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World must turn to wind and solar to combat global warming, report says

By Catholic Online (NEWS CONSORTIUM)
4/14/2014 (3 years ago)
Catholic Online (www.catholic.org)

Reliance on fossil fuel should be cut by 70 percent by 2050, United Nations report claims

The world must turn to the wind or sun for its energy needs -- or face catastrophic consequences wrought by climate change. That's the news from a recent report from the United Nations on global warming. These devastating effects could take place as early as 15 years from now, the report warns.

Scientists are optimistic that if renewable energy is quickly rolled out, homes are built in a more sustainable and energy efficient way, and human consumption and wastefulness is changed, climate change can be controlled.

Scientists are optimistic that if renewable energy is quickly rolled out, homes are built in a more sustainable and energy efficient way, and human consumption and wastefulness is changed, climate change can be controlled.

Highlights

By Catholic Online (NEWS CONSORTIUM)
Catholic Online (www.catholic.org)
4/14/2014 (3 years ago)

Published in Green

Keywords: Wind, solar, nuclear, United Nations, renewable energy sources


LOS ANGELES, CA (Catholic Online) - The Intergovernmental Panel on Climate Change says that emissions of greenhouse gases need to be cut by up to 70 percent before 2050 to control climate change.

"Large-scale changes in energy systems" are required, with coal power stations to be switched off and replaced by wind and solar. Fifteen years down the line, controlling climate change will become increasingly harder and more expensive.

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The final version of the report, written by 235 international scientists and economists, says that efforts so far have failed to stop spiraling emissions of greenhouse gases - which have risen to "unprecedented levels" in the past decade.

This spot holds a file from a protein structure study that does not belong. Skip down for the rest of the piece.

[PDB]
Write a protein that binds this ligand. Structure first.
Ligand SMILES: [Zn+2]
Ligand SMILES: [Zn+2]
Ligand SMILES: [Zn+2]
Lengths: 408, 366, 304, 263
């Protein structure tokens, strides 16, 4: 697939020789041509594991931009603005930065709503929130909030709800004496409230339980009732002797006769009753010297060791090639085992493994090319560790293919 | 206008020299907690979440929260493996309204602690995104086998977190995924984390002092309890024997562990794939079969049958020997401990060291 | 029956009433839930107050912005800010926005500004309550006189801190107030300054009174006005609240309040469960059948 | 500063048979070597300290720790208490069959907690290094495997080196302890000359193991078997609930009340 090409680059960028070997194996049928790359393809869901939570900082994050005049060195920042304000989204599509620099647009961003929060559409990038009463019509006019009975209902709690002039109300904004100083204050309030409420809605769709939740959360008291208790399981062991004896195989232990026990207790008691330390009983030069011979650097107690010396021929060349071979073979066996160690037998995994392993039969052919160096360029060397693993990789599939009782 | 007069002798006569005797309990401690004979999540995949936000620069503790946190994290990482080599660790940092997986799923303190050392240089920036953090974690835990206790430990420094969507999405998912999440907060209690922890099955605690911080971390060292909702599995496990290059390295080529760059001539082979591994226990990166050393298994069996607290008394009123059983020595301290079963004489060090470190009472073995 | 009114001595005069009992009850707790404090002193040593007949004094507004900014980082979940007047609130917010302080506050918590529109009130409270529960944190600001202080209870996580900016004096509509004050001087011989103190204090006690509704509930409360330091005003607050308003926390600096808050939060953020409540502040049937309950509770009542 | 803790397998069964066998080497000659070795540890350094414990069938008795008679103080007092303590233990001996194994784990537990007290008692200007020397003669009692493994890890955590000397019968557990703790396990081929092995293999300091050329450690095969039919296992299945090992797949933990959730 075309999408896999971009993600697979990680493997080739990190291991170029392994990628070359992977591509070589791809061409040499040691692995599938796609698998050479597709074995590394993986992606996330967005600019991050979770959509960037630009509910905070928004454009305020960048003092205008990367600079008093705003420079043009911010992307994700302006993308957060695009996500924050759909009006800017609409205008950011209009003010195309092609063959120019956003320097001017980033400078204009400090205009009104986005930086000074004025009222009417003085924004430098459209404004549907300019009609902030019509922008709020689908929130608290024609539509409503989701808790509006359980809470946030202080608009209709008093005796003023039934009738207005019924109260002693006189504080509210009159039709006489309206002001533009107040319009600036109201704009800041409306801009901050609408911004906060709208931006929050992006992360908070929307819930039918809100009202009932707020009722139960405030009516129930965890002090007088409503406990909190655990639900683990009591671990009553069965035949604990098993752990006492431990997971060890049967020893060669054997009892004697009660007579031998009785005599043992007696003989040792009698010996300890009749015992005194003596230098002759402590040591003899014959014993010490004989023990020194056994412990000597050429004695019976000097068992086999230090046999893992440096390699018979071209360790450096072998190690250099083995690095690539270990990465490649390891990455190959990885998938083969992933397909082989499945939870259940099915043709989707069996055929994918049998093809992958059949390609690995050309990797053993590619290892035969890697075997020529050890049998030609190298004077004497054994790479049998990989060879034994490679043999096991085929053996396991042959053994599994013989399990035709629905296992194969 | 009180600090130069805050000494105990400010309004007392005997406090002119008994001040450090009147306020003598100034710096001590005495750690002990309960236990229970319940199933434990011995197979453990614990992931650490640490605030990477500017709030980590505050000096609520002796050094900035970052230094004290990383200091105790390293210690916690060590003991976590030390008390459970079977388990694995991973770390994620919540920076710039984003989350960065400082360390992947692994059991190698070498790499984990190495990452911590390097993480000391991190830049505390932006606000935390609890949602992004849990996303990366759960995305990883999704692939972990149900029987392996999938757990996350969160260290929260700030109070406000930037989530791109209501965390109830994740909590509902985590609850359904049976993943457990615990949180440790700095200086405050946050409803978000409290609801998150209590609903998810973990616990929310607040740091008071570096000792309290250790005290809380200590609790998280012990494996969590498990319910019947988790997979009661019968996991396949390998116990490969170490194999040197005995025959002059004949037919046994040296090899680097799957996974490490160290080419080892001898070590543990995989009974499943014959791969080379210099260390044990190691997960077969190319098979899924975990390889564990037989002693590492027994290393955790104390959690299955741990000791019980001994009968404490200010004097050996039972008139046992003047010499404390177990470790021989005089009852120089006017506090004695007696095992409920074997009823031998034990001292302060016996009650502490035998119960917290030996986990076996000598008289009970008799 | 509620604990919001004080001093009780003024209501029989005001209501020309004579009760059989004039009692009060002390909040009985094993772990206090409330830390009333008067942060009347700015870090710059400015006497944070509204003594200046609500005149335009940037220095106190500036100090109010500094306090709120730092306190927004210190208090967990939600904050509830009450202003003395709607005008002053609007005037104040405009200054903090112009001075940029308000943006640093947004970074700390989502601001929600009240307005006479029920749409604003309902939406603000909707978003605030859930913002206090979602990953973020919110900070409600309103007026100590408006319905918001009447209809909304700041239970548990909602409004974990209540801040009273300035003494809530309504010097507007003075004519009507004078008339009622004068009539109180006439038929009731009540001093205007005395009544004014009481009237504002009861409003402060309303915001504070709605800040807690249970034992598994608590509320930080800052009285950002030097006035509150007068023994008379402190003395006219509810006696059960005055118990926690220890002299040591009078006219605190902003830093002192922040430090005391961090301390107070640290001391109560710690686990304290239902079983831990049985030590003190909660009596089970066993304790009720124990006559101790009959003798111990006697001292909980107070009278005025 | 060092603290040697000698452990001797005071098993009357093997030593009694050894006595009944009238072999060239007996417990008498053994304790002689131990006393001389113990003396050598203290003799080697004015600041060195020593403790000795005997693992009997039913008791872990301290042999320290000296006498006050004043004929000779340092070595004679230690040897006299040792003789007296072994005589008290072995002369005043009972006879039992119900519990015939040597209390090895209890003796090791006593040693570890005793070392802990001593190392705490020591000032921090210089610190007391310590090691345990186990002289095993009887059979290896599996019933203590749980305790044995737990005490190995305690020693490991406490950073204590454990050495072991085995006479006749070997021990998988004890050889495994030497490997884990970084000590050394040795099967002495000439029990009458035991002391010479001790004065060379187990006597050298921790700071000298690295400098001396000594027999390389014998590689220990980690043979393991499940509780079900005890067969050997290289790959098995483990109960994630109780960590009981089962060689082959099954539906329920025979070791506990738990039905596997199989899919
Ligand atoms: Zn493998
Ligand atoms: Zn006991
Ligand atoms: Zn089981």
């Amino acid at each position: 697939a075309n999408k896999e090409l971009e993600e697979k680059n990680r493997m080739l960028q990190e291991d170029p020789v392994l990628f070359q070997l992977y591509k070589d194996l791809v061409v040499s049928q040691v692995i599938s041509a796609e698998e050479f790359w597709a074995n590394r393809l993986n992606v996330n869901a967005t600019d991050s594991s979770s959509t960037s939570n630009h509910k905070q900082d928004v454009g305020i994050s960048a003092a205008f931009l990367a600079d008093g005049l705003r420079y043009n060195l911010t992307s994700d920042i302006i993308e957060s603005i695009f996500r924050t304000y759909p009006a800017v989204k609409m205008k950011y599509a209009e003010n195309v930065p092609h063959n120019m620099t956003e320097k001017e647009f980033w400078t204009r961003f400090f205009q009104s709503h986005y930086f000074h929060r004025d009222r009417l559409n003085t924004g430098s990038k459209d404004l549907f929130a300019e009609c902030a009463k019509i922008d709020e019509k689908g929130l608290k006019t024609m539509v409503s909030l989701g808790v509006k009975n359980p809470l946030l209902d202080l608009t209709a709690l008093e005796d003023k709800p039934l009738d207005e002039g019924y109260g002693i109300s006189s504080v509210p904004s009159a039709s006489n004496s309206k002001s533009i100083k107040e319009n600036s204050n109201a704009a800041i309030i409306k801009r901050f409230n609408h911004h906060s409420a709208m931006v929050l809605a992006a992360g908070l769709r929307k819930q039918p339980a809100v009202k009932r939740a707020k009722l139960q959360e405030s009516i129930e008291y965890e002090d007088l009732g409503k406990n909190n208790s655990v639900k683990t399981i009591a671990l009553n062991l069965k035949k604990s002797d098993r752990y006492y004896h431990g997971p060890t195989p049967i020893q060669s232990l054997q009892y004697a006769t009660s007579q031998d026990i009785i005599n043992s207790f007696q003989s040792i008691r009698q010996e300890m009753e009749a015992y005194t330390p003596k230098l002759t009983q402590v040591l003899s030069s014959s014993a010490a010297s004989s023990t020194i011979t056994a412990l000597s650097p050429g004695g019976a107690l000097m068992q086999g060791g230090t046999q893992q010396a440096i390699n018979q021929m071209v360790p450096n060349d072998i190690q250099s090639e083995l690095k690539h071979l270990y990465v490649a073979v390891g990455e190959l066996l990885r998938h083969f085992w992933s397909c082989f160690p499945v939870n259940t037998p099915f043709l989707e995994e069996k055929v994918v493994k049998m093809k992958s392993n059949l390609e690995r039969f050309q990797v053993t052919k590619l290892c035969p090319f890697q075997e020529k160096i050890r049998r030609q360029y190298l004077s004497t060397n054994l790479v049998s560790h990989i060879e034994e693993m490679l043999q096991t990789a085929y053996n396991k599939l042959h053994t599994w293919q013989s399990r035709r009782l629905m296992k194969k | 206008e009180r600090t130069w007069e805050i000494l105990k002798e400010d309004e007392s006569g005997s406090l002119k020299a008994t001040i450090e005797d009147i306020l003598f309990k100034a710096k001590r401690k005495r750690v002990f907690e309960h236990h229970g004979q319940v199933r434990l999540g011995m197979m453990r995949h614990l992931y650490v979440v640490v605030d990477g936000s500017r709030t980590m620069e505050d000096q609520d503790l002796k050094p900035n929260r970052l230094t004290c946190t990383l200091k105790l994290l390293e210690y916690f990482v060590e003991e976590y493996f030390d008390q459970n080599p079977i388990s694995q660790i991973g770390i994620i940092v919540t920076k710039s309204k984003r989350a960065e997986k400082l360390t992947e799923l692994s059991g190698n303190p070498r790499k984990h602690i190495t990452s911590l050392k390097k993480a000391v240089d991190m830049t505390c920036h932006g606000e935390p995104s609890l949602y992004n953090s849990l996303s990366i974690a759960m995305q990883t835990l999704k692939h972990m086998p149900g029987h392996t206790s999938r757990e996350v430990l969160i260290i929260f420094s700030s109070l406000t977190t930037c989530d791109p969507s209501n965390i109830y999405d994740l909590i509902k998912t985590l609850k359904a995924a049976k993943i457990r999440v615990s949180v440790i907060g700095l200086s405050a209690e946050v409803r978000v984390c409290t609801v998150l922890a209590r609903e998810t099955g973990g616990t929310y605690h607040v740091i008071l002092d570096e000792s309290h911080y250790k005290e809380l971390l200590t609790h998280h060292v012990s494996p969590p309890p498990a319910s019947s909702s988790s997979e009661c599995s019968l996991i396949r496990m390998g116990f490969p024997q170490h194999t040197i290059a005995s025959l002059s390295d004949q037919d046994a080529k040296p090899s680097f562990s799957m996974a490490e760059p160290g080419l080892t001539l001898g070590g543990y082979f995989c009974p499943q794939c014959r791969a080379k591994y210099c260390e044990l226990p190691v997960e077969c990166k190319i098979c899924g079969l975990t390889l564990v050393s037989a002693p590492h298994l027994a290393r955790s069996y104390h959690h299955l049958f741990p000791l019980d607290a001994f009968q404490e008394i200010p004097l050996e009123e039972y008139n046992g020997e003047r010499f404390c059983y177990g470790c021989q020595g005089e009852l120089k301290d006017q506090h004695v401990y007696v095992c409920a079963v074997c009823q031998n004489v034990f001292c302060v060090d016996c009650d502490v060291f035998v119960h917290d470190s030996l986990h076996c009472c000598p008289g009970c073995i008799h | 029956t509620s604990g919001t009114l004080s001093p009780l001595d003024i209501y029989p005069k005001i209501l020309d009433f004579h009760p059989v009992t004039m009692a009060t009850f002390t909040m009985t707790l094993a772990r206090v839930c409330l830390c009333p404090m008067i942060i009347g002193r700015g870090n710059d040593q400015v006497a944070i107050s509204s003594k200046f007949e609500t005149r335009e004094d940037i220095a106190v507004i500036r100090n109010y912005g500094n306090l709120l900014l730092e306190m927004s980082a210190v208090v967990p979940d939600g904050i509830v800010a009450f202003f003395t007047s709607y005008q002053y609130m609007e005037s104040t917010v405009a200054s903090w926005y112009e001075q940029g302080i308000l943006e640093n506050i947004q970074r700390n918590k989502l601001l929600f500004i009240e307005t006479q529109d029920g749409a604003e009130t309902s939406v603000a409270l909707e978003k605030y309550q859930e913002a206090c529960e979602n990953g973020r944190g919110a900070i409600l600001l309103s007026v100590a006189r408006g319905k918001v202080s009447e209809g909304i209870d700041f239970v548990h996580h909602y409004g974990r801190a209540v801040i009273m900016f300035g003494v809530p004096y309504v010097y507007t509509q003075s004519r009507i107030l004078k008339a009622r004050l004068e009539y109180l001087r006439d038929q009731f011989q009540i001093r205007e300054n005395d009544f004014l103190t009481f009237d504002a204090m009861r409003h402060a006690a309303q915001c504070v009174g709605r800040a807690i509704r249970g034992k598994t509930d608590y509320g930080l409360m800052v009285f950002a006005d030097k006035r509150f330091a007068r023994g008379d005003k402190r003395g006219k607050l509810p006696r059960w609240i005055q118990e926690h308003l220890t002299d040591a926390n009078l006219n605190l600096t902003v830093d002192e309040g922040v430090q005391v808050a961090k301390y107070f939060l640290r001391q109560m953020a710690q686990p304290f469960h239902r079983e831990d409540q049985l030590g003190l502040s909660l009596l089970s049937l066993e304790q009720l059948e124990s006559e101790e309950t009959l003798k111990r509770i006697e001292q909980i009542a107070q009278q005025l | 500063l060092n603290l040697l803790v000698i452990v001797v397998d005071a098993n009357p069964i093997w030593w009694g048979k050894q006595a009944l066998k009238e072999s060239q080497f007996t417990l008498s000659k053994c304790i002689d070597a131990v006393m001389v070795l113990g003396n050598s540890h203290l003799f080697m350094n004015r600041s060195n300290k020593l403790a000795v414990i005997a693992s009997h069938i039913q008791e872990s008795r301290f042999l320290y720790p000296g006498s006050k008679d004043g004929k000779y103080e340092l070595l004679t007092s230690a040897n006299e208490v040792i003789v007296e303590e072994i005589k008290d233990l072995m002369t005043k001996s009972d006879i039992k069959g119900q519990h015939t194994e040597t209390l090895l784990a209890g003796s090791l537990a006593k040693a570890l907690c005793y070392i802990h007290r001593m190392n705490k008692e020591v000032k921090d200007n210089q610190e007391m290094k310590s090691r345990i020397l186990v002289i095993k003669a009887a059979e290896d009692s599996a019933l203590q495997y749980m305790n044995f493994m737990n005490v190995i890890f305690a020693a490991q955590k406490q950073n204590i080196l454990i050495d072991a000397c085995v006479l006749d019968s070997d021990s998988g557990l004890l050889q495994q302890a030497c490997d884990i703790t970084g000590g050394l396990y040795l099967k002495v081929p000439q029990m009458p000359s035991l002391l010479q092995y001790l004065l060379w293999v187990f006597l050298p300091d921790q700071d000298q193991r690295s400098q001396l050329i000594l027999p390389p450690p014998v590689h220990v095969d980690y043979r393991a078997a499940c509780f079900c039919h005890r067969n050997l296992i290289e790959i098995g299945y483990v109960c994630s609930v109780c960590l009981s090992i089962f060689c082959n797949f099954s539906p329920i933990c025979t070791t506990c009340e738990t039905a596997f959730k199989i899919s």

"There is a clear message from science: to avoid dangerous interference with the climate system, we need to move away from business as usual," Ottmar Edenhofer, co-chair of the authors, said.

The report is the first major assessment in seven years of the options for dealing with climate change.

The report is intended to inform the policy decisions of Governments around the world. The report will also be used as bargaining tool before next year's U.N. climate conference in Paris, which aims to set legally binding targets on every nation to reduce carbon emissions.

The report the final part in a trilogy of IPCC reports on the causes, impacts and solutions to climate change.

The first part, published last September, found that scientists are 95 percent certain that humans are the "dominant cause" of global warming. The second part, published a fortnight ago, warned that the drastic impacts of climate change are "already occurring on all continents and across the oceans."

The final part, on the options for mitigating global warming, warns that the world must drastically reduce our use of fossil fuels.

"Without additional efforts to reduce greenhouse gas emissions beyond those in place today, emissions growth is expected to persist driven by growth in global population and economic activities."

If no action is taken, global temperatures will rise by up to 4.7C by the end of the century, which scientists believe will cause irreversible and dramatic damage to the planet.

Scientists are optimistic that if renewable energy is quickly rolled out, homes are built in a more sustainable and energy efficient way, and human consumption and wastefulness is changed, climate change can be controlled.

However, transforming the economy will require "substantial investment," with up to four percent of total global GDP between now and 2030.

Renewable energy has grown, the report finds, but a rapid acceleration is now needed.

"Regarding electricity generation alone, renewable energy accounted for just over half of the new electricity-generating capacity added globally in 2012, led by growth in wind, hydro and solar power," it says.

But it warns that Governments will still need to pour subsidies in to get the systems off the ground.

"Many renewable energy technologies still need direct and/or indirect support, if their market shares are to be significantly increased" it says.

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